Prudence—that ability to see dimly through the fog that envelops political life—combines humility with the decisiveness that statesmanship requires.
I thank Richard Gamble for his generous review of my new book, Progressivism: The Strange History of a Radical Idea. Gamble is a historian, and my book is nothing less than a full-frontal assault on historians and the discipline of history as a whole. Gamble correctly notes my emphasis on progressivism as the fusion of “radicalized millennial Christianity and modern statism,” and the fact that the bigwig American historians of the 20th century downplayed, misrepresented, or simply missed this reality. In so doing they were guilty of a complicity of understatement. And they were also utterly incapable of identifying progressivism’s hostility to the founders’ Constitution. This is because they were far from impartial interpreters, but were rather fellow-travelers of the progressive movement.
Gamble agrees with my indictment of these historians and allows that my book is an important “call to action” to right their wrongs. He disagrees with me insofar as he claims I promote a “Straussian narrative,” and more particularly a “Claremont narrative.”
That I am associated with the Claremont or “West Coast” school of Straussian political thought is true, as far as it goes (last I checked, Wikipedia identified me as a West Coast Straussian, so it must be true), but it’s not clear how far this gets Gamble in his critique of my revisionist interpretation of American history and historiography. Whatever the views of others associated with the Claremont school of thought, my arguments are my own, and they are not quite as Gamble portrays them.
He claims I ignore attacks on progressivism and the New Deal made by the “New Conservatives of the 1950s” who “did battle with Progressivism long before the emergence of Straussian critiques.” He does not name these conservatives or say exactly what their attacks were, so the reader is left to surmise. While it is certainly true that much of modern American conservatism was born in that period, it is also true that the founders’ Constitution as the founders understood it—my central concern—was incidental to that conservatism. With few exceptions, those conservatives were worried about the very real menace of communism abroad, and what they identified as centralizing, ideological tendencies at home. But on the whole, they did not recognize what the progressives themselves recognized: that they—the progressives—were promoting new “natural laws” of evolutionary growth and change, to supplant the outmoded, fixed “natural rights” that the founders insisted were the principled basis of republican self-government. A new conception of the “natural” was central to the progressives, from philosophers such as John Dewey to political actors such as Woodrow Wilson. As I detail in my book, it was in fact a new generation of political theorists—not historians, and not the “New [now perhaps old] Conservatives”—who recovered exactly what the progressives were rebelling against.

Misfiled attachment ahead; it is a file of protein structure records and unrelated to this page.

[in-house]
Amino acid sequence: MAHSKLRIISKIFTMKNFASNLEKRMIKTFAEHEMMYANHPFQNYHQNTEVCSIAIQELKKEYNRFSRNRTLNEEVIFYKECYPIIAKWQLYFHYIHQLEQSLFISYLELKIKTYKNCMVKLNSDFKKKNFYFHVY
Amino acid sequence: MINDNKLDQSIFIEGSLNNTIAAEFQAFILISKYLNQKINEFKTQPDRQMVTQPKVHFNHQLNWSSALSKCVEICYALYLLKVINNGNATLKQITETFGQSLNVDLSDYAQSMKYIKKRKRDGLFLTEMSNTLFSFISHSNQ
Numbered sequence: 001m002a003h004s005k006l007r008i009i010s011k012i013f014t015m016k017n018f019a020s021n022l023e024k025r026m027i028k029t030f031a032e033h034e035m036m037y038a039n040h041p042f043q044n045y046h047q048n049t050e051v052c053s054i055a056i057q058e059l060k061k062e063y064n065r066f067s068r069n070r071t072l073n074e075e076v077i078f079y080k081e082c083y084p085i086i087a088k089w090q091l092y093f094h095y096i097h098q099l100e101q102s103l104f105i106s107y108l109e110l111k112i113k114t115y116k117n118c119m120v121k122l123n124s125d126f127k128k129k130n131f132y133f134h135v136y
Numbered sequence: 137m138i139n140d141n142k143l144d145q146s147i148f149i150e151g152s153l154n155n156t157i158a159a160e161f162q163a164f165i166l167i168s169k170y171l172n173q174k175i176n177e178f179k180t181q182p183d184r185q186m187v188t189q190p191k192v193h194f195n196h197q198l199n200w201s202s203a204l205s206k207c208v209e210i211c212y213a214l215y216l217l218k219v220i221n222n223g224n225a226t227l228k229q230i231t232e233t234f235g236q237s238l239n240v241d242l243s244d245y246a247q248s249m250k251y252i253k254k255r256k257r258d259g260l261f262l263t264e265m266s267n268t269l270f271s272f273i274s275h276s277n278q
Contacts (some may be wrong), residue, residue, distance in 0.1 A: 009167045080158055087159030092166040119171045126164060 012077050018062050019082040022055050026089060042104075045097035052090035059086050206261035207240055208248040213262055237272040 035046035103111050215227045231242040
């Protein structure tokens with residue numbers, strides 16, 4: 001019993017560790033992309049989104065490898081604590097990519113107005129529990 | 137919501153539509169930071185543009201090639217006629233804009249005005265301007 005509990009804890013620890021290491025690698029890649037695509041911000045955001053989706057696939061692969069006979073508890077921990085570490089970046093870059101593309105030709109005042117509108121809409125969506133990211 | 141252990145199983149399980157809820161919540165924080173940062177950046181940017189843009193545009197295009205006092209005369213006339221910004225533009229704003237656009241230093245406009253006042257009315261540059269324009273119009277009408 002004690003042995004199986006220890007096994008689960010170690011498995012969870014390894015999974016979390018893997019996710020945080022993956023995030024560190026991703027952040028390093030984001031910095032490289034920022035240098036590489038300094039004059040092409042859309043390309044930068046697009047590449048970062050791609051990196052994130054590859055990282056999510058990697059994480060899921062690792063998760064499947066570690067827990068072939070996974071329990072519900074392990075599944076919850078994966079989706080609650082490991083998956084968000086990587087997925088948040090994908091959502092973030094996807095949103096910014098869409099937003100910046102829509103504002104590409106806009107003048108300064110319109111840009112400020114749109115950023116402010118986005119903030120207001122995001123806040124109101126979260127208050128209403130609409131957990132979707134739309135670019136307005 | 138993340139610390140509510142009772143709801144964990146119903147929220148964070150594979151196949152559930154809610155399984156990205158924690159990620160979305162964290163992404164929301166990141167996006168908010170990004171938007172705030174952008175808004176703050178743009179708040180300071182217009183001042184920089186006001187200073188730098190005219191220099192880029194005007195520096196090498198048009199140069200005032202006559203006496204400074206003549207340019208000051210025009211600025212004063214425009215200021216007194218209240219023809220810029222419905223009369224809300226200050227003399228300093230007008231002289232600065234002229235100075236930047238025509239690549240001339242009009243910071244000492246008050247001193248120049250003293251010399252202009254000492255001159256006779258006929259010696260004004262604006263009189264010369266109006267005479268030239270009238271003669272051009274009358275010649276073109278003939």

It is also true, as Gamble notes, that American progressivism had antecedents; it did not emerge ex nihilo after the Civil War. I certainly agree with this. What intellectual movement does not have antecedents? I would place its antecedents well before anything in American history. Yet the fact is, in America, the main ingredients came together to form the potent intellectual cocktail known as progressivism just after the age of Lincoln. A new, coherent intellectual movement was born—a fact which the progressives of the day were unafraid to proclaim.
Gamble further claims that “understanding and explaining the adoption of [German] ideas” in early America is “indispensable” to understanding Progressivism, and he says that I have not put enough emphasis on such ideas. As I argue in the book (and have argued for many years), however, American progressivism had—and continues to exhibit—more indigenous roots than German idealism. It was never simply a “foreign virus” wafting in from Berlin. Too much of progressivism, then and now, is traceable to American social Darwinism and pragmatism, rather than to foreign influences. As I have said elsewhere, the age of high Hegelianism (or relatively high, by American standards) died with Woodrow Wilson on February 3, 1924.
Gamble also says that the logic of my argument “depends on the Founding not being indebted much to the colonial and British constitutionalism that preceded it.” I certainly did not say, and would not say, any such thing. That the American Founding is a refraction, as it were, of English constitutionalism through republican lenses is something I have long maintained. This in no way diminishes the originality of American republicanism, especially spread as it was, and is, across an extended sphere wherein the people are sovereign. It does suggest that America would not have been America had it not been settled largely by those familiar with, sympathetic to, and willing to draw the best from, the English constitutional tradition (not to mention traditional Christianity).
I agree with Gamble that progressivism, in its various incarnations, is at war with much more than the American constitutional tradition: it is at war with the idea of original sin, and therefore with permanent limits on political power. It is at war with human nature. I would maintain, however, that this war comes to sight clearly, perhaps most clearly, in American history. But understanding it, and just what the stakes of the war are, requires understanding the founders and their progressive critics on their own terms. And when it comes to this, many historians continue to have blind spots.